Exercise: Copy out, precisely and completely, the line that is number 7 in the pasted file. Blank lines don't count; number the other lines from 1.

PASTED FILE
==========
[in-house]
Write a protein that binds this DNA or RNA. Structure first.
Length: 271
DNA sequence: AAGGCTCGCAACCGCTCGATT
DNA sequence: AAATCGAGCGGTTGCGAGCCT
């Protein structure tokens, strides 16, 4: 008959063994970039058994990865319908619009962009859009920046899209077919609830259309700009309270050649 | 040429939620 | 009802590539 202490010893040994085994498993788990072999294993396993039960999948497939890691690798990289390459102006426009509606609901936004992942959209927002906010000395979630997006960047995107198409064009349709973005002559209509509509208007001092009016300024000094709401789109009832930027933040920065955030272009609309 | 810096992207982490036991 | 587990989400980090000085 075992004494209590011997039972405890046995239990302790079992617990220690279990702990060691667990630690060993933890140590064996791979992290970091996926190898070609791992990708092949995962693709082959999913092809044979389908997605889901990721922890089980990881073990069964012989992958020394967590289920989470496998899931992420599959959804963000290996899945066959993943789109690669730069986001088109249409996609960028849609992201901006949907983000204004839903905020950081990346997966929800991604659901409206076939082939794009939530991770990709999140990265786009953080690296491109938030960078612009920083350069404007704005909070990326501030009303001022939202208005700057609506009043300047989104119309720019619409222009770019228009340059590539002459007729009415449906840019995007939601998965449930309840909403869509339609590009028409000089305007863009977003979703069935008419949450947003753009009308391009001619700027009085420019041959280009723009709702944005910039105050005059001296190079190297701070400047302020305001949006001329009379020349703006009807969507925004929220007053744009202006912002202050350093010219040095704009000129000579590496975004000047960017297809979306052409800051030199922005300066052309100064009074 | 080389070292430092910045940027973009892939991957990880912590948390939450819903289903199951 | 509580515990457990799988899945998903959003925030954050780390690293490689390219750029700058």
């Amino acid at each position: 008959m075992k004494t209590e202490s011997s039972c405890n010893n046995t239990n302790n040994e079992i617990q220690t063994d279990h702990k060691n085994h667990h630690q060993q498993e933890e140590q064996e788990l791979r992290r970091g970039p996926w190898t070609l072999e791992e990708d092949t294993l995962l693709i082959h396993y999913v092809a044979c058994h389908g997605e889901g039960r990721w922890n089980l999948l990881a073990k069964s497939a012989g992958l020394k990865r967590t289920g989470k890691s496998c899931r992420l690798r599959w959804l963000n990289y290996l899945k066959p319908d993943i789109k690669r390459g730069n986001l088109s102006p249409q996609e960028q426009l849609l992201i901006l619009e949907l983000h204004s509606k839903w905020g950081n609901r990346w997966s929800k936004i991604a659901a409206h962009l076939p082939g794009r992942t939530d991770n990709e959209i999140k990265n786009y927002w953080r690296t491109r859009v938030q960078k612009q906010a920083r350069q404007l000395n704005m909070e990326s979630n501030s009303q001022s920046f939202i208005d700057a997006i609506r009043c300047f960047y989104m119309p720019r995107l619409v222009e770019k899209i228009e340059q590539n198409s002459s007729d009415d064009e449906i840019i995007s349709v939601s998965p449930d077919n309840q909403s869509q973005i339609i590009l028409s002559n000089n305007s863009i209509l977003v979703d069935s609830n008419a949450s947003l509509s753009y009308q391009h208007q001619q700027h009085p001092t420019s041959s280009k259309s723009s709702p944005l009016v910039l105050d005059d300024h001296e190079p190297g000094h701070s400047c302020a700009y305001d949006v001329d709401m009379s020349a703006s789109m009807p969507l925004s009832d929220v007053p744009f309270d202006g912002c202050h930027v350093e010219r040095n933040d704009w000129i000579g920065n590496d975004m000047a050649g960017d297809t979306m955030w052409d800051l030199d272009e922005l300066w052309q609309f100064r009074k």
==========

């Amino acid at each position: 008959m075992k004494t209590e202490s011997s039972c405890n010893n046995t239990n302790n040994e079992i617990q220690t063994d279990h702990k060691n085994h667990h630690q060993q498993e933890e140590q064996e788990l791979r992290r970091g970039p996926w190898t070609l072999e791992e990708d092949t294993l995962l693709i082959h396993y999913v092809a044979c058994h389908g997605e889901g039960r990721w922890n089980l999948l990881a073990k069964s497939a012989g992958l020394k990865r967590t289920g989470k890691s496998c899931r992420l690798r599959w959804l963000n990289y290996l899945k066959p319908d993943i789109k690669r390459g730069n986001l088109s102006p249409q996609e960028q426009l849609l992201i901006l619009e949907l983000h204004s509606k839903w905020g950081n609901r990346w997966s929800k936004i991604a659901a409206h962009l076939p082939g794009r992942t939530d991770n990709e959209i999140k990265n786009y927002w953080r690296t491109r859009v938030q960078k612009q906010a920083r350069q404007l000395n704005m909070e990326s979630n501030s009303q001022s920046f939202i208005d700057a997006i609506r009043c300047f960047y989104m119309p720019r995107l619409v222009e770019k899209i228009e340059q590539n198409s002459s007729d009415d064009e449906i840019i995007s349709v939601s998965p449930d077919n309840q909403s869509q973005i339609i590009l028409s002559n000089n305007s863009i209509l977003v979703d069935s609830n008419a949450s947003l509509s753009y009308q391009h208007q001619q700027h009085p001092t420019s041959s280009k259309s723009s709702p944005l009016v910039l105050d005059d300024h001296e190079p190297g000094h701070s400047c302020a700009y305001d949006v001329d709401m009379s020349a703006s789109m009807p969507l925004s009832d929220v007053p744009f309270d202006g912002c202050h930027v350093e010219r040095n933040d704009w000129i000579g920065n590496d975004m000047a050649g960017d297809t979306m955030w052409d800051l030199d272009e922005l300066w052309q609309f100064r009074k």